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The Story of Pearl Jam vs. Ticketmaster

Hulton Archive, Getty Images

Pearl Jam had never been more popular than they were in early 1994. Armed with that sense of invincibility, the Seattle band set about taking on a concert industry behemoth in Ticketmaster.

Pearl Jam charged that Ticketmaster, which in 1991 gobbled up its principal competitor in Ticketron, had effectively created a monopoly — and thus could pile on whatever it wanted in additional service fees, driving up the price for concerts. Pearl Jam wanted to charge no more than $18.50 for tickets in ’94, with service fees of no more than $1.80. Ticketmaster balked, saying that it needed at least $2 in fees simply to cover its own costs.

Eddie Vedder and company weren’t just paying lip service: They hired the Manhattan-based law firm Sullivan and Cromwell, and on May 6, 1994, they filed an official complaint with the Justice Department, leading to testimony from bassist Jeff Ament and guitarist Stone Gossard before Congress. Ticketmaster’s CEO, Fred Rosen, shot back, “If Pearl Jam wants to play for free, we’ll be happy to distribute their tickets for free.” Time magazine referred to the anti-trust-focused legal battle as “Rock ‘n’ Roll’s Holy War.”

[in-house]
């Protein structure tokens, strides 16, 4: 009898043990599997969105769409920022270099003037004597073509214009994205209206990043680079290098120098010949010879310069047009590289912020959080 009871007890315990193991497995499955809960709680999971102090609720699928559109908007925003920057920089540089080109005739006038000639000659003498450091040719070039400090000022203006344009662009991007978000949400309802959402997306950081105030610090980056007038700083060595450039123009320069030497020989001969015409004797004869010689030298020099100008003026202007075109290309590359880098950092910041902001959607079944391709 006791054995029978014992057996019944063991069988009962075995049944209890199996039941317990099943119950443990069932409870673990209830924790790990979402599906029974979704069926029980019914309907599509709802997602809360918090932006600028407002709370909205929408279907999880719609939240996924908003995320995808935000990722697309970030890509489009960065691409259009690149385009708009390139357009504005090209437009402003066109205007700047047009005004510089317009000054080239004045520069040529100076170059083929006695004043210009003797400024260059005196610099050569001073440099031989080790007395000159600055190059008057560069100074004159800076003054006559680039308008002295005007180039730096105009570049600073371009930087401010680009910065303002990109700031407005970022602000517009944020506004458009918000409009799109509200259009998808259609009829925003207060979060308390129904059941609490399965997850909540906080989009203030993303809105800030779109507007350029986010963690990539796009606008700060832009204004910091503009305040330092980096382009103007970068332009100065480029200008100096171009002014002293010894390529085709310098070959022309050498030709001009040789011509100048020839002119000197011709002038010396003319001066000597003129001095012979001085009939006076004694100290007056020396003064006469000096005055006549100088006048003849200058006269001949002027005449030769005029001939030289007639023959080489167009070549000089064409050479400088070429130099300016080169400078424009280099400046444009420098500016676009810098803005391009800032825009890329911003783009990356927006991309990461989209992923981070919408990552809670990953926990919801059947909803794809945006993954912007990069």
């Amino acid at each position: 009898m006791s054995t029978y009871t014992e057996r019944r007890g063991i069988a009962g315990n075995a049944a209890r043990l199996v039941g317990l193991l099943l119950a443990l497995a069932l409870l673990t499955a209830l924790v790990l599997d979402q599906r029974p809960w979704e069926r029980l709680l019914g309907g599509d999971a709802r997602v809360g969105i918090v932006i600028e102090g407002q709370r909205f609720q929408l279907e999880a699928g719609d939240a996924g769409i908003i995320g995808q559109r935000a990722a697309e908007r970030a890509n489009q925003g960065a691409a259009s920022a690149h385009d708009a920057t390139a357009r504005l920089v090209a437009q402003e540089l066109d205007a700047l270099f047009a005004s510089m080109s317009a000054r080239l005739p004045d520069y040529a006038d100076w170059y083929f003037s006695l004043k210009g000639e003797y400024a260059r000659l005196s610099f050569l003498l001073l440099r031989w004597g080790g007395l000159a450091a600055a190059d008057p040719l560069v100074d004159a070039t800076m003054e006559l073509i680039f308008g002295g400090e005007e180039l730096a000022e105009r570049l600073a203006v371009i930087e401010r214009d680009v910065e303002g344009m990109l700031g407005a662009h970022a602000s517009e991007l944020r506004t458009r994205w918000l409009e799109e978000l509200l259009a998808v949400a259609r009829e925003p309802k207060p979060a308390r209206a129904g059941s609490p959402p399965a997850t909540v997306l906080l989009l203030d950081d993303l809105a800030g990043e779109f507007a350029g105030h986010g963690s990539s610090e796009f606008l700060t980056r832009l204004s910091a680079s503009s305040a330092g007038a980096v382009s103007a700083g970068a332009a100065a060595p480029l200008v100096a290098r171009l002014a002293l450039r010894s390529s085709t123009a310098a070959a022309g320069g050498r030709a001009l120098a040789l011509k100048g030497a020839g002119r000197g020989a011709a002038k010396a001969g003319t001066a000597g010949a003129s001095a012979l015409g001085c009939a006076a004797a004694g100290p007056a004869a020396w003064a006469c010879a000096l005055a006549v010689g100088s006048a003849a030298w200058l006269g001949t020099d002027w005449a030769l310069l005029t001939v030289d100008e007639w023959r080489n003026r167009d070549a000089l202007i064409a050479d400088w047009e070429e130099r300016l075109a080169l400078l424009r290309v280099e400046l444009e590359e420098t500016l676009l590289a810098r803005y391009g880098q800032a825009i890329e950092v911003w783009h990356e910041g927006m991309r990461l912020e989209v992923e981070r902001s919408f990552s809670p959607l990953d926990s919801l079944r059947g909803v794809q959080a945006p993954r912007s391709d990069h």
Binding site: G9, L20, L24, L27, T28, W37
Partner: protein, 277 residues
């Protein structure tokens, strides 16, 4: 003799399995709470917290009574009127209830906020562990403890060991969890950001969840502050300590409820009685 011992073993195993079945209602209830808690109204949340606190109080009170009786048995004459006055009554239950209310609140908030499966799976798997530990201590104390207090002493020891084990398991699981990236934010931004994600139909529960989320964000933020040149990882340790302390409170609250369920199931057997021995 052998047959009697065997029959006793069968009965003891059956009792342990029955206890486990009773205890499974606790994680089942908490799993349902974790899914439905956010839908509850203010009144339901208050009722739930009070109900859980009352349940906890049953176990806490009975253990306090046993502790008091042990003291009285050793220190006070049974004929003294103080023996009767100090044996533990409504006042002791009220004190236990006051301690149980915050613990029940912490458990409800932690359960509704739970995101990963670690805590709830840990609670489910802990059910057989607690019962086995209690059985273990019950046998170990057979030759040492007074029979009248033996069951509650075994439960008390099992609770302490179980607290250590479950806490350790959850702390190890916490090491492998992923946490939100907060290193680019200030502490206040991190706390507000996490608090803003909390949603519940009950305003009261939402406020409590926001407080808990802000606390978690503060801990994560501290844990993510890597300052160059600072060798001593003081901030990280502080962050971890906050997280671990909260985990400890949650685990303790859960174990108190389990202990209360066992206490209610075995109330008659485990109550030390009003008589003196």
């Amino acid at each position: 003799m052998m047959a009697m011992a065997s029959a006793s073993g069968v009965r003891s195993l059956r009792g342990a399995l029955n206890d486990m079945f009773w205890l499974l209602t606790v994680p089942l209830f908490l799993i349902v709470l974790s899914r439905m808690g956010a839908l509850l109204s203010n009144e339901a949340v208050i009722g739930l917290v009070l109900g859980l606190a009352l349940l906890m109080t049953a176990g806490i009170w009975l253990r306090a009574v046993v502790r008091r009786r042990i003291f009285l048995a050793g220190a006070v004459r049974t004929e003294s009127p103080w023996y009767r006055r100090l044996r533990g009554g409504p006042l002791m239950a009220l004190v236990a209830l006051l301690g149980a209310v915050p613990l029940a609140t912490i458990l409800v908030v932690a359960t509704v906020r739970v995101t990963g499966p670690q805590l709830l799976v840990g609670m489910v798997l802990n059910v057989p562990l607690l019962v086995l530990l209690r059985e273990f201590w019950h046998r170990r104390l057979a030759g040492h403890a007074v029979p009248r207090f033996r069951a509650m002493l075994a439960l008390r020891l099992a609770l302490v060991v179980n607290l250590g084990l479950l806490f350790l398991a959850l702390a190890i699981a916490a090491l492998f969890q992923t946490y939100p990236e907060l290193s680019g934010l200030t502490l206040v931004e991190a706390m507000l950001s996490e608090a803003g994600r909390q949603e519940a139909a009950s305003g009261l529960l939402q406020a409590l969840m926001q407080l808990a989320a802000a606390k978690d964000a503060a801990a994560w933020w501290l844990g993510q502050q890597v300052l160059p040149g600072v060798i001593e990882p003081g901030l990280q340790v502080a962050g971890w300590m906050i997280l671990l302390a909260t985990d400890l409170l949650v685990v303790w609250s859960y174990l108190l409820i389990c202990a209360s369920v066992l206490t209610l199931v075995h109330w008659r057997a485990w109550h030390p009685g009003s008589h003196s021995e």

Pearl Jam ended up skipping a summer tour that year as the battle raged — no small thing, considering the celebrated reception the group’s two most recent albums (1991’s Ten and 1993’s Vs.) had received. They tried, mostly for naught, to book into venues that weren’t associated with Ticketmaster.

“Our band, which is determined to keep ticket prices low, will always be in conflict with Ticketmaster,” Gossard asserted.

It was, however, for naught. The federal investigation was eventually dropped. Worse, really, was that Pearl Jam were eventually forced to book parts of their next tour with — you guessed it — Ticketmaster.

Fast-forward more than 20 years, and what exactly has changed? Not much. Ticketmaster, in fact, got larger still when it merged with event promoter Live Nation in 2010, becoming Live Nation Entertainment.

The dust-up led to one moment of levity, when Vedder inducted Neil Young into the Rock and Roll Hall of Fame in 1995. A party planner put Pearl Jam’s table next to Ticketmaster’s at the ceremony, prompting Vedder to quip, “I predict a food fight by the end of the evening. I would recommend that the classy people scoot away, or join in! Maybe we should all join in, while we’ve got them right here!”

See Pearl Jam and Other Rockers in the Top 100 Albums of the ’90s

Next: Looking Back on Pearl Jam's 'Vitalogy'

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